The times that are in-between meetings and projects can be invaluable when it comes to discovering fresh approaches. Recently, through a combination of things, I wound up having to handle an organization's exhibit booth at a large convention. I have not done anything of that nature in years (lucky me) and I quickly encountered the usual array of bureaucratic rules. Rather than be bothered, I decided to use the time in-between the rush of crowds as a chance to make notes on how the booth could be designed in the future.
It was very helpful. I doubt if several thoughts would have emerged if I were not making observations so close to the moment. It may have been the productive equivalent of taking a walk or a shower.
And we all know how productive those can be.
[Photo by Branden Skeli at Unsplash.]
Thursday, December 16, 2021
Wednesday, December 15, 2021
My wife is sick. My dog is sick. The woman who was going to handle the booth at an important conference today and tomorrow is sick.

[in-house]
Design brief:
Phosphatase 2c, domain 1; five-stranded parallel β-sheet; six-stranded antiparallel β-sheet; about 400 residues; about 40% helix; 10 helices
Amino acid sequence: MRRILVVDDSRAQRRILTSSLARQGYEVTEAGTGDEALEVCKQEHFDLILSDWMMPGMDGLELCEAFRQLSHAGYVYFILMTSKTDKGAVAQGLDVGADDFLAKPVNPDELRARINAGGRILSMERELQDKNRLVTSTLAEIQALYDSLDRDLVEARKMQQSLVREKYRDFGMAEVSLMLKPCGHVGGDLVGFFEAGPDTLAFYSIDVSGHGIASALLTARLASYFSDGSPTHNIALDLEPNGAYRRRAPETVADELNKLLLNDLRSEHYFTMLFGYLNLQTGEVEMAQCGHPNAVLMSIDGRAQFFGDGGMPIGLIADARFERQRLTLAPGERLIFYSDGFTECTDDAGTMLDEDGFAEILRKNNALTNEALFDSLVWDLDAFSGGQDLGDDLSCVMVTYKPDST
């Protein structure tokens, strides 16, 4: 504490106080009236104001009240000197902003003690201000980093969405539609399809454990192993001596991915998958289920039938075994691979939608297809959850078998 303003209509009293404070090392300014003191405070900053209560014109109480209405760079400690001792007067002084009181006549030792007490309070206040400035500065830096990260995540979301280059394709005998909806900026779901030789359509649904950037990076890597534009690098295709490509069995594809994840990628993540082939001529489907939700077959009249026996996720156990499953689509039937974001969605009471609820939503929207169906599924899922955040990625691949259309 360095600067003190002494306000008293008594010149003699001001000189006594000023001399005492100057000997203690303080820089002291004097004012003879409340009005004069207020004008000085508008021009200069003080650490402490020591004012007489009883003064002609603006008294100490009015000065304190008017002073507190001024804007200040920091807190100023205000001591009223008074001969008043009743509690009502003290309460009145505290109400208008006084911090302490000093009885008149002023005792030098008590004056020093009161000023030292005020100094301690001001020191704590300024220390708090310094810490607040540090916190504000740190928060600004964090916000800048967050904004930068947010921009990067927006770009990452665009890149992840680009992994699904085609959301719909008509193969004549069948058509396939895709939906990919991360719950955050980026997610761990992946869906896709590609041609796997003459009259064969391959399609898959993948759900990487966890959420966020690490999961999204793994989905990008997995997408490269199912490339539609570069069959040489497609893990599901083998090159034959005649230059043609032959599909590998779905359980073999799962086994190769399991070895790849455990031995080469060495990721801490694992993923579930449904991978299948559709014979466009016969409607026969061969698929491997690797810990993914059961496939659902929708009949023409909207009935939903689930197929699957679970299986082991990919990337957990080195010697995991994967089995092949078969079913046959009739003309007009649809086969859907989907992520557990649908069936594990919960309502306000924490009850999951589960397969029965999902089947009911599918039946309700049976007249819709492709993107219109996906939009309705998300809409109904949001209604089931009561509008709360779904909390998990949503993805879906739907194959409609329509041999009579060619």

But I'm up and moving and making plans.
Listen to the rocks grow. Fast is slow. Slow is fast.
Everything that needs to get done will get done.
Tuesday, December 14, 2021
- Doesn't ban books.
- Doesn't restrict freedom of speech.
- Doesn't "cancel" people.
- Doesn't end friendships because of political differences.
- Doesn't assume that it is always right.
- Is willing to listen - genuinely listen - to others.
- Avoids quick labels.
- Accords the presumption of innocence.
- Doesn't hold people (or nations) to impossible standards.
Monday, December 13, 2021
Sunday, December 12, 2021
Check out the page on which Britannica Kids describes Communism.
One of my favorite lines:
"After World War II ended in 1945, the Soviet Union encouraged many countries in eastern Europe to set up Communist governments."
"Encouraged" via the Red Army and the secret police.
Saturday, December 11, 2021